Chanukah and Our Inner Temple

Dear Friends,

We find within our tradition the following holistic concept: Both our soul and our body yearn for Our Creator.

An example of this concept is found in the following verse from the Book of Psalms:
“O God, You are my God; at early dawn will I seek You. My soul thirsts for You; my flesh longs for You, in a dry and weary land without water.” (Psalm 63:2)
“My Soul Yearns for You” – Regarding the creation of the soul, Rabbi Samson Raphael Hirsch writes in his commentary on the Siddur (Prayer Book):

“God, the One, pure and holy Being, is the soul’s Creator, and He has breathed that soul into us as part of His own Divine essence.” (Commentary on the morning prayer, “The soul that You gave me is pure”)

It is understandable that the soul which is connected to the Divine essence should yearn for God; however, the above verse also states, “My flesh longs for you.” Why does the “flesh” – the physical body – long for God? The beginning of an answer can be found in the following verse where Hashem proclaims to Moshe, our teacher:
“They shall make a Sanctuary for Me, so that I may dwell within them.” (Exodus 25:8)
The Sanctuary which our people built in the wilderness was also known as the “Mishkan” – Tabernacle. In this letter, we shall discuss two commentaries on the above verse which have the following observation: Hashem does not say, “I will dwell within it” – the Sanctuary, but “I will dwell within them” – the people. According to these commentaries, the verse is expressing this uplifting idea:

Through the sacred service of the Sanctuary, the Shechinah – the Divine Presence – is to dwell within each member of the nation of Israel.

Our physical bodies therefore have the potential to become a sanctuary for the Shechinah! Our study of this teaching will begin with the commentary of Rabbi Chayim of Volozhin, a leading sage who was a close disciple of the Vilna Gaon:

 “They shall make a Sanctuary for Me, So that I may dwell within them” (Exodus 25:8). – Rabbi Chayim points out that this verse does not refer to the Shechinah dwelling in the Sanctuary, but within the people – “within each and every one of them” (Nefesh HaChayim 1:4). With this statement, explains Rabbi Chayim, Hashem is saying:

“Do not think that My ultimate intention is the construction of the Sanctuary edifice; rather the entire purpose in desiring the Mishkan and its vessels is merely so that you should infer from it how to mold yourselves; namely that through your deeds you should be as desirable as the Mishkan and its vessels – all of you holy, fitting, and prepared to be receptacles for My Shechinah in a literal sense.” (Ibid)
A similar insight is discussed in the biblical commentary, Maor V'Shemesh, written by a leading sage and Chassidic Rebbe, Rabbi Klonimus Kalman Epstein. In his explanation of the above verse, he cites the ancient teaching of our sages that the Shechinah is to dwell on this earth (Genesis Rabbah 19:7). This includes the human body, states Rabbi Epstein; thus, the words “I will dwell within them” reveal that each of us can be a “chariot for the Shechinah.” And he adds, “Each and every member of Israel should view himself as if holiness is dwelling within his inner physical organs.” This awareness, explains Rabbi Kalman, should inspire us to keep our bodies pure and holy through dedicating all of our limbs and organs to the service of Hashem; moreover, it should also inspire us to refrain from any activity which weakens this state of purity and holiness.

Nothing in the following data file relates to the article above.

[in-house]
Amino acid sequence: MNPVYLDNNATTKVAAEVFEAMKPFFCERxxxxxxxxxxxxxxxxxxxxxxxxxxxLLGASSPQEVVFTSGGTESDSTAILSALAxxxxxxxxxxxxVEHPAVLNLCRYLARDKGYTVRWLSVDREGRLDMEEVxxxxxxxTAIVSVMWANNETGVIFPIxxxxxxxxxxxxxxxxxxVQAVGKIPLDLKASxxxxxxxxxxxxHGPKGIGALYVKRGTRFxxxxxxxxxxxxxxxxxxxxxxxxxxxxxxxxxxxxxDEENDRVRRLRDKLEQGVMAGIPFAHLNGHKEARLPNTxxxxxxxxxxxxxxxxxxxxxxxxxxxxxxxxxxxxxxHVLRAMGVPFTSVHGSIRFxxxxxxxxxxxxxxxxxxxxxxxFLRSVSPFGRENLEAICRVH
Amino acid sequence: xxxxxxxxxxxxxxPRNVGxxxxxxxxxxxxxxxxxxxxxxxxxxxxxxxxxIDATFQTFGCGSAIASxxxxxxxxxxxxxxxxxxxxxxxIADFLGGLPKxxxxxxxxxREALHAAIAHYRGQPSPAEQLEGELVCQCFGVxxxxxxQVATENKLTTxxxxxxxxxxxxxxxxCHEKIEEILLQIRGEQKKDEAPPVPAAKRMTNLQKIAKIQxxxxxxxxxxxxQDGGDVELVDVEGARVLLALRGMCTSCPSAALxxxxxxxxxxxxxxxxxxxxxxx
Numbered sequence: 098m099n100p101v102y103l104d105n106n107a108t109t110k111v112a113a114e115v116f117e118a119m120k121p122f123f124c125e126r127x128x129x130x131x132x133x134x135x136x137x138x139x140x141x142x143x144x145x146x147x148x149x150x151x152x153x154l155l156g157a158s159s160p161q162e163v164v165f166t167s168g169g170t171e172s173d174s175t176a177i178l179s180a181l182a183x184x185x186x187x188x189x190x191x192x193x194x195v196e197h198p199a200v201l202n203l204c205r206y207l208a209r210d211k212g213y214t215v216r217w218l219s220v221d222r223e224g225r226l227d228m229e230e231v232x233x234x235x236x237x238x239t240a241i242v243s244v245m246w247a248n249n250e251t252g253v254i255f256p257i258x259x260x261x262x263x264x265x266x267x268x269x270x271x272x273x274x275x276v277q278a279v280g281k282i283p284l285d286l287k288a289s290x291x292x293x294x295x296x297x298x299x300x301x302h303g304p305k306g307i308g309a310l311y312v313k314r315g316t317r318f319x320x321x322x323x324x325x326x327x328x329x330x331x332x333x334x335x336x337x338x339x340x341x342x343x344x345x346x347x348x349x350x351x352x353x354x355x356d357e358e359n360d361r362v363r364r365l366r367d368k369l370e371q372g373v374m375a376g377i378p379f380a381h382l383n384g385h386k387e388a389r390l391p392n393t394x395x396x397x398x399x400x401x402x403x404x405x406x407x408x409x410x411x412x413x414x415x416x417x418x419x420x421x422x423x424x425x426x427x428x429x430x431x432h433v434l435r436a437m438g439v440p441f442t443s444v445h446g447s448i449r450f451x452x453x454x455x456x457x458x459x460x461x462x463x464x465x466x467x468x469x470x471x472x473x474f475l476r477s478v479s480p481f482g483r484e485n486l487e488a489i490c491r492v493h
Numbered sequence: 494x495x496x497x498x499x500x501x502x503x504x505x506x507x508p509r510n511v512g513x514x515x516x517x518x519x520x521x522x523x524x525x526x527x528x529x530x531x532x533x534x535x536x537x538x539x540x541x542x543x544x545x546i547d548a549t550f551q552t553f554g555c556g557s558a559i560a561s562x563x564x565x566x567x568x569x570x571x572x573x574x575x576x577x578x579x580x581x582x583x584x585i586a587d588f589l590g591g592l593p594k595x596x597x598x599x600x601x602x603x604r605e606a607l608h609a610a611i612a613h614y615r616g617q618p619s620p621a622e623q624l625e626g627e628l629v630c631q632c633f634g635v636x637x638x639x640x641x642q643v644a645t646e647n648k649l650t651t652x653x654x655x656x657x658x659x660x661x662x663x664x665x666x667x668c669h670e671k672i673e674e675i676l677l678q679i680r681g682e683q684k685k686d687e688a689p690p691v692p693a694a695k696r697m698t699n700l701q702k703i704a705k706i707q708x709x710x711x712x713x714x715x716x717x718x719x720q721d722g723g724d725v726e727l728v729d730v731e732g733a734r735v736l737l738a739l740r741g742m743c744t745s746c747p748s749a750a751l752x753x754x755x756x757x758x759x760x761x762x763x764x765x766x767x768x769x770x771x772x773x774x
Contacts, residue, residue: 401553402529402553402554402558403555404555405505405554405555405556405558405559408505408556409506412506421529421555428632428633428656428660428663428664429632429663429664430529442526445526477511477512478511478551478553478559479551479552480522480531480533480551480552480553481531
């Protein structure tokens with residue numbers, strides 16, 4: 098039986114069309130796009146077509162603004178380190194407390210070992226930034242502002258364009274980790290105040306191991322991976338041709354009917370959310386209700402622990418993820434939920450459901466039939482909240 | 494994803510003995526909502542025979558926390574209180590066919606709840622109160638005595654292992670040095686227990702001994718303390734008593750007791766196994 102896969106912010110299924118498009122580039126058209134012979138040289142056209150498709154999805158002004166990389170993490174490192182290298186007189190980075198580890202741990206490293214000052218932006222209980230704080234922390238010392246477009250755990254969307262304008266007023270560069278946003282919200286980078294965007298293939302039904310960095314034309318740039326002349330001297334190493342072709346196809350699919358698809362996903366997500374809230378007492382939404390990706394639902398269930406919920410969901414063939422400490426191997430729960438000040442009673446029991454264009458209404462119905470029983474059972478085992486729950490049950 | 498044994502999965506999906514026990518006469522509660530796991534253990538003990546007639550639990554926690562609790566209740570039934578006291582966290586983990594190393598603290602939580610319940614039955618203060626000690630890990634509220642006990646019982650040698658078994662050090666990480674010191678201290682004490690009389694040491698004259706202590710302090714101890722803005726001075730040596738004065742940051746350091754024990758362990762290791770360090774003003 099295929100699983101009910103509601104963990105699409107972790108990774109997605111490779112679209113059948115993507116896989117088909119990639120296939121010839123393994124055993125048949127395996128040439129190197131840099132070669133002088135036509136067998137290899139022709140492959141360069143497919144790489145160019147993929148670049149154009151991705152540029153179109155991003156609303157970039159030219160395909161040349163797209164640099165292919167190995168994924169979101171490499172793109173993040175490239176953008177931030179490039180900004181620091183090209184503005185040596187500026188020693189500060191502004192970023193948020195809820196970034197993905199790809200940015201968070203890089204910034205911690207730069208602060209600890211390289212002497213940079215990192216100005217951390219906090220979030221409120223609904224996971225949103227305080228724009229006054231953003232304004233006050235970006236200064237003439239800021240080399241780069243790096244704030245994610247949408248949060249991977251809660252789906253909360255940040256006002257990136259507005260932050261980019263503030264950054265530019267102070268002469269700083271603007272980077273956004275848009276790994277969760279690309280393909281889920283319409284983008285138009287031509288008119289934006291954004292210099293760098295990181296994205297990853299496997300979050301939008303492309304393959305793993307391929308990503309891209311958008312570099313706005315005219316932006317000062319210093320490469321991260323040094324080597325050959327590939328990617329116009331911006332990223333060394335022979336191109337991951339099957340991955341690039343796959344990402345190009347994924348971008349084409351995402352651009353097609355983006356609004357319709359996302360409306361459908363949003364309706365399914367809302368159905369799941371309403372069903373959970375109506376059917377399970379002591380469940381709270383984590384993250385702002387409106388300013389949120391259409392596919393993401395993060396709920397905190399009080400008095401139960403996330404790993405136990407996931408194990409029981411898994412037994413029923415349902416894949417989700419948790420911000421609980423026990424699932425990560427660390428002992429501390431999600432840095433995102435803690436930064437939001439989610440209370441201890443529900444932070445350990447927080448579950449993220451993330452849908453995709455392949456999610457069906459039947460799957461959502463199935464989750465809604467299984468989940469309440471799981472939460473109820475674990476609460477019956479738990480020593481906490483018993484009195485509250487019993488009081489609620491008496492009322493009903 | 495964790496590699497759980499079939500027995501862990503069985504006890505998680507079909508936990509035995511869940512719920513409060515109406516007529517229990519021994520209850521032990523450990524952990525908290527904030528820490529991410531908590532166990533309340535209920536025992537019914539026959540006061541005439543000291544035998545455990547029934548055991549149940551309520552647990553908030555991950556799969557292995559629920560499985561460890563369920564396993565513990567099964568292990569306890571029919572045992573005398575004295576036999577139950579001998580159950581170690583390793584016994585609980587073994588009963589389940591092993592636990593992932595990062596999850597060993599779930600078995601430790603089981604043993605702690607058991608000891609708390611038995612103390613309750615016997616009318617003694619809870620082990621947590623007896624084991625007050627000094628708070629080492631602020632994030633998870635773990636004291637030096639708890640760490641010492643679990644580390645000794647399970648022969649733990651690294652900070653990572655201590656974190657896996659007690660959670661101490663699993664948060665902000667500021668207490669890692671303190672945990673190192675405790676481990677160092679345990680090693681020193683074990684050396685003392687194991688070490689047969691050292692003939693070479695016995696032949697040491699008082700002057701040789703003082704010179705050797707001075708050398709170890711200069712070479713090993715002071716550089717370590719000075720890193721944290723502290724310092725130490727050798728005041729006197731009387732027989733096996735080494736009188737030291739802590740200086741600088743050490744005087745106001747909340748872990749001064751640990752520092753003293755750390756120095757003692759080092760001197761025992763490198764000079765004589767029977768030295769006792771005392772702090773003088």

If the human body was created to be a sanctuary for the Shechinah, then we can understand why we pray, “My flesh longs for You.” The body is longing for the Shechinah; it yearns to fulfill the purpose of its creation.
The Sanctuary in Jerusalem was known as the “Beis HaMikdash” – the Holy Temple. The Syrian-Greeks, in their desire to destroy Judaism, defiled the Temple, and on Chanukah, we celebrate the cleansing and rededication of the Temple. As the above teachings indicate, the purpose of the Holy Temple is to enable each of us to become a holy temple – a place where the Shechinah can dwell. Our personal temple, however, can also become defiled; thus, in a deeper sense, Chanukah celebrates our ability to cleanse and rededicate the holy temple of our bodies. 

As we discussed in the previous letter, the Syrian-Greeks and their assimilated Jewish allies tried to force our people to adopt a Hellenistic culture which worshiped physical beauty and which glorified the selfish gratification of physical desires. The Syrian-Greeks even organized sexual orgies in Jerusalem's Holy Temple. The Maccabees refused to accept the hedonistic values of this pagan culture, and they led a rebellion against the oppressors.

One does not have to be a sociologist to realize that there are aspects of modern western culture which glorify the selfish gratification of physical desires. For example, we are surrounded by unholy advertising and programs which encourage us to view other human beings as objects created for our sexual gratification. The challenge facing our generation is whether we can become modern “Maccabees” who will engage in a spiritual rebellion against the current hedonistic onslaught that attempts to defile the holy sanctuary within every human being.